Friday, 22 August 2014

Hemming Very Stretchy Fabric...

Hemming VERY stretchy fabrics - testing various techniques to see which worked best ~ Threading My Way


A couple of weeks ago, I showed you my tunic top. It's not often I sew for myself and I was particularly pleased, as I had sewn this top without a commercial pattern, tracing around an existing garment instead.


However, the fabric is extremely stretchy and the hems have that wavy appearance - not a good look for a garment. I had used a stretch twin needle and my regular presser foot, which had previously worked well on kids' t-shirts that were not as stretchy. 


In the original tunic top post, I said that I was going to experiment with different techniques for sewing hems on very stretchy fabric. In the meantime, Lindsay, from PA Country Crafts, left this comment: Did you try steaming the wonky seams? That seems to help a lot.

It never occurred to me to use an iron on stretch fabric, but I tried Lindsay's suggestion. Just like you do in shirring, I held the iron above the fabric and steamed. The wonkiness started to disappear!!! A few more shots of steam and then a quick press with a coolish iron, so as not to melt or burn the fabric, and the hems became almost respectable, as evidenced in the photo above.

Thank you, thank you, thank you, Lindsay!!! I was originally going to redo the hems, but not now. They're not perfect, but they're good enough to leave as is.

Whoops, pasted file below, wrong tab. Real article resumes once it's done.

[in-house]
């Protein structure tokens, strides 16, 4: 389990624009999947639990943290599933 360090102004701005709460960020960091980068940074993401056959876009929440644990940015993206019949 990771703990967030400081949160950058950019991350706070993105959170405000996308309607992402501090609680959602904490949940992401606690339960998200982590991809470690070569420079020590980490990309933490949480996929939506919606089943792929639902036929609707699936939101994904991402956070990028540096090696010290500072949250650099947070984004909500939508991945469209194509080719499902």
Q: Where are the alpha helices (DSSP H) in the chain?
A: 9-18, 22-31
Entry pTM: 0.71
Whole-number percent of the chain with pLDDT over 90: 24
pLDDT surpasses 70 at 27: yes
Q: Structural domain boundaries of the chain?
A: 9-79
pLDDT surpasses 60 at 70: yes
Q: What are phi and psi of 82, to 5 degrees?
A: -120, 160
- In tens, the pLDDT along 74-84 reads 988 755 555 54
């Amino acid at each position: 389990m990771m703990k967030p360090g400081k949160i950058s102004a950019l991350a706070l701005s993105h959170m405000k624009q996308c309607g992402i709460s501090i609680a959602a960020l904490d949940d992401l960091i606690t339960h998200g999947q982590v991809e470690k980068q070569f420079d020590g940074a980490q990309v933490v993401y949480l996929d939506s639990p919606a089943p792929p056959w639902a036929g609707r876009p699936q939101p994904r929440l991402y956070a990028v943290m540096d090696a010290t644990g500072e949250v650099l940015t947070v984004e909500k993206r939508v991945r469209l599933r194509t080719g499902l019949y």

I still wanted to experiment to see if there were better ways to hem very stretchy fabrics. Here are my results. I did 12 different tests, but have narrowed it down to show you five.


I added tissue paper to the mix and increased the stitch length to 3. It's less wavy, but the stitching between the two lines has caused a ridge, rather like piping. I'm not sure if this is the increased stitch length or if the tension is out. 


I swapped the regular presser foot to a walking foot and there's an improvement, but still wavy.


Back to the regular presser foot and with an ordinary stretch needle instead of the twin and a zig zag stitch. Getting better!


Even better when tissue paper was added.


And the best result was with a walking foot, using a regular stretch needle and a zig zag stitch with a width of 1 and a length of 3.5. None of these tests have been steamed and they have all been done with the presser foot pressure reduce to 22. (This will be a machine specific setting.)

I SO wanted to keep sewing hems with a twin needle, but it does appear that a zig zag stitch gives a much better finish on very stretchy fabric, with my machine. I'm still going to use a twin needle on knit fabric that is not as stretchy.

However, the tests that have the best stretch, are the ones with the twin needle. Years ago, when I used to do a lot of sewing with stretch fabric, the hems were always the weak point. We'll see how well these hems last. 

Again, I would value your comments re any experiences you have had, sewing hems with stretch fabric.

... Pam

18 comments:

  1. There's certainly quite a difference in the sample results, eh? You have the patience of a saint - I probably would have given up after about the 3rd test :D